States Raise Concerns About Bush Administration Plan To Close Loophole in Medicaid Upper Payment Limit
A plan proposed by President Bush in his fiscal year 2005 budget to close a loophole in the Medicaid upper payment limit would result in a $1.5 billion reduction in federal Medicaid matching funds for states and could lead to reductions in services for beneficiaries, the Billings Gazette reports (Farrell, Billings Gazette, 2/18). Under the loophole, states pay city- or county-owned health care facilities more than the actual cost of health services for Medicaid beneficiaries, receive extra matching funds from the federal government and require the facilities to return the extra funds. The states in some cases pay the facilities a small fee for their participation and use the extra federal funds for both health- and nonhealth-related programs (California Healthline, 5/15/02). Bush did not include details about the plan to close the loophole in his budget, but the National Conference of State Legislatures expects the Bush administration to release details later this year (Billings Gazette, 2/18).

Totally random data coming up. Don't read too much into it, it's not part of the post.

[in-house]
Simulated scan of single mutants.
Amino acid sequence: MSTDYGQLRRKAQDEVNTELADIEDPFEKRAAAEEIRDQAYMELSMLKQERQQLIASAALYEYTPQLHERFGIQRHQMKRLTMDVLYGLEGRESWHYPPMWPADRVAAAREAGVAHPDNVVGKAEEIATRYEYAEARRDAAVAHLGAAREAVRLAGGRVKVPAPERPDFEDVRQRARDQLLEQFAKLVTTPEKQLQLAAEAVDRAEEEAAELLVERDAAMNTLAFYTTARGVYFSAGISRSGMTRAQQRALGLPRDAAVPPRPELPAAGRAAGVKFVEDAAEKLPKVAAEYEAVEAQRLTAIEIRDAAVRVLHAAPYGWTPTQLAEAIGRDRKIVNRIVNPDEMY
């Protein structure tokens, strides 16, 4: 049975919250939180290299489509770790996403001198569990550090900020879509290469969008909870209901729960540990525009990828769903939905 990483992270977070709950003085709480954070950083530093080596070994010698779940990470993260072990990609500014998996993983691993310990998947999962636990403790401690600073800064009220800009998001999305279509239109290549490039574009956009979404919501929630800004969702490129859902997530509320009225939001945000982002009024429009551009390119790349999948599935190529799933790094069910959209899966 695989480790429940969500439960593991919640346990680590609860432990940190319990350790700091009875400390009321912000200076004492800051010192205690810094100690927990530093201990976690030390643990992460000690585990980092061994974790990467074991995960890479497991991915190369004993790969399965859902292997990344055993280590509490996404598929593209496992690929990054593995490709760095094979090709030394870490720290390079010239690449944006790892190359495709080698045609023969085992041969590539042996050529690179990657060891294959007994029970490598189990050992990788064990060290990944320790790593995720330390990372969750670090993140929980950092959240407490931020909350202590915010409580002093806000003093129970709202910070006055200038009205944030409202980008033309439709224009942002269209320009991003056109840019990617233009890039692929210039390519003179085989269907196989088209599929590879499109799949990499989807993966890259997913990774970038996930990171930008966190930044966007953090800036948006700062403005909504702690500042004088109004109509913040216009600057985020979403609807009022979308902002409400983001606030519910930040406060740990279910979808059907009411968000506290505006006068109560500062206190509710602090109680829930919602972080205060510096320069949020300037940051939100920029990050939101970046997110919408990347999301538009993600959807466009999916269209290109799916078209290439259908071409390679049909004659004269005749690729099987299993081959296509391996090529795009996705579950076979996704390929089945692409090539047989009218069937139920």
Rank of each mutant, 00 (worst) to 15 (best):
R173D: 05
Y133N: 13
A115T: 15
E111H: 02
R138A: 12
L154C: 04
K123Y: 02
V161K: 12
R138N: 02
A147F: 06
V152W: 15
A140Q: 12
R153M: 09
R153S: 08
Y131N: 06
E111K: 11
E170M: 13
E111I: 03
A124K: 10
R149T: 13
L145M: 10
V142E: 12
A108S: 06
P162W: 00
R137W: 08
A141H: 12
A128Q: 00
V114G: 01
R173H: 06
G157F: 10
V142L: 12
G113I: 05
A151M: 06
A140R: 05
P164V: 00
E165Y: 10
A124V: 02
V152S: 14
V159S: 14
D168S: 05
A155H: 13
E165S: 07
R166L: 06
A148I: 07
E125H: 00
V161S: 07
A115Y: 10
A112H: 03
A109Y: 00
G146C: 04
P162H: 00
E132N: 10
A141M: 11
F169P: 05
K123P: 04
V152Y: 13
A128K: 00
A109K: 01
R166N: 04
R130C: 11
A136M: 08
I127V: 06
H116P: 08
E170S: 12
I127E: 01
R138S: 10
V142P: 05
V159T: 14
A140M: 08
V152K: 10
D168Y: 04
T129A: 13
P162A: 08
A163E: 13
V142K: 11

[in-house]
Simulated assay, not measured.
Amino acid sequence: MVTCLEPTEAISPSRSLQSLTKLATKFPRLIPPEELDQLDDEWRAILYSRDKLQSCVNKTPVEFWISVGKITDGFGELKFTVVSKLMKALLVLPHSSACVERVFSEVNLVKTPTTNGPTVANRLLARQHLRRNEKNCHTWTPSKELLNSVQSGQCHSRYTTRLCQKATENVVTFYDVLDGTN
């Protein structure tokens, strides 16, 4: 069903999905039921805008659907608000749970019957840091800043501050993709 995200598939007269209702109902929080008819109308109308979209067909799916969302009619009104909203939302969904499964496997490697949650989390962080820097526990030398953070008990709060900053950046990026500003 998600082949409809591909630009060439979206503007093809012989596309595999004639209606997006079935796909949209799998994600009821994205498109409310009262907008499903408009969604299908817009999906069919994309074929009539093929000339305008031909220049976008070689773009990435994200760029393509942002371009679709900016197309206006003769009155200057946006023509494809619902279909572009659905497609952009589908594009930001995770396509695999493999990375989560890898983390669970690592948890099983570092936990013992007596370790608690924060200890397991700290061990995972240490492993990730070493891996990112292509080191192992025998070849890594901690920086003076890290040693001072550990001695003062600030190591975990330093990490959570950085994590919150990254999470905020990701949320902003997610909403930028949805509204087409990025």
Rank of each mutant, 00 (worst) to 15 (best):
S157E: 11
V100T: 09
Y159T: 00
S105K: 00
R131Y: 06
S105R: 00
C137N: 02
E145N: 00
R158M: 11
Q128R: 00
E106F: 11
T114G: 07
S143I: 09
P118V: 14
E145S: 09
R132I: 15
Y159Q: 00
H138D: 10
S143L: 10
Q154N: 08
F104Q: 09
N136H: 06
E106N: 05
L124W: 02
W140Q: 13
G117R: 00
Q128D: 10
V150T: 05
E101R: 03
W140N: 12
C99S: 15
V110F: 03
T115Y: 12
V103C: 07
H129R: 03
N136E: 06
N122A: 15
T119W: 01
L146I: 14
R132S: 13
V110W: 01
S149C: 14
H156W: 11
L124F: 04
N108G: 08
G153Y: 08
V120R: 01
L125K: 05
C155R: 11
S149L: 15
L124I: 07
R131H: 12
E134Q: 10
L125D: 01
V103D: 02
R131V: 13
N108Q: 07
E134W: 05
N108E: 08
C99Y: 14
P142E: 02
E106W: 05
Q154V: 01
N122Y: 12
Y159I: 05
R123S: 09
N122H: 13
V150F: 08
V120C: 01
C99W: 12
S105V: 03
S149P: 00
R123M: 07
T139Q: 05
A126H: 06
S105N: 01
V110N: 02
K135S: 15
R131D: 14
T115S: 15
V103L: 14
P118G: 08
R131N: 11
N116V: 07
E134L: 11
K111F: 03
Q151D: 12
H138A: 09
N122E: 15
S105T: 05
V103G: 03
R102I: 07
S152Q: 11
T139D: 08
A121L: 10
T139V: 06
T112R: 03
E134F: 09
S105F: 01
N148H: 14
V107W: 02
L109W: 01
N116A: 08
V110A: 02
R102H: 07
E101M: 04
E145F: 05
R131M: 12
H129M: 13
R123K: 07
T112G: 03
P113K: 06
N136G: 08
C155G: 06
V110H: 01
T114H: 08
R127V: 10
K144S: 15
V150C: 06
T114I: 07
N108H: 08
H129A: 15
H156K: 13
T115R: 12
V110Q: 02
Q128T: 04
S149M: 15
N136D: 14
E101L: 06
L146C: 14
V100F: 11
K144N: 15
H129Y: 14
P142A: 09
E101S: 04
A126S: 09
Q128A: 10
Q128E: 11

Some state officials maintain the plan to close the loophole would force them to reduce services for Medicaid beneficiaries. The reduction in extra federal Medicaid matching funds would result in "avoidable deaths and disability" and increased health care costs, Iowa Medicaid Director Eugene Gessow said, adding, "It would be catastrophic if that happened" (AP/Omaha World-Herald, 2/19). Montana Medicaid Director John Chappuis said that the plan "certainly could have a negative effect" for Medicaid beneficiaries, adding, "If they take away our ability to do this, it's going to mean the county or private payers are going to have to make up the loss." Sen. Conrad Burns (R-Mont.) said that although many states use the loophole to help Medicaid beneficiaries, lawmakers must "make sure these Medicaid funds are managed in a fiscally responsible manner." Other lawmakers said that states could use the loophole to defraud the federal government and that some states have used the extra federal Medicaid matching funds for nonhealth-related programs. Rep. Denny Rehberg (R-Mont.) said, "Michigan built a football stadium with Medicaid dollars" (Billings Gazette, 2/18).This is part of the California Healthline Daily Edition, a summary of health policy coverage from major news organizations. Sign up for an email subscription.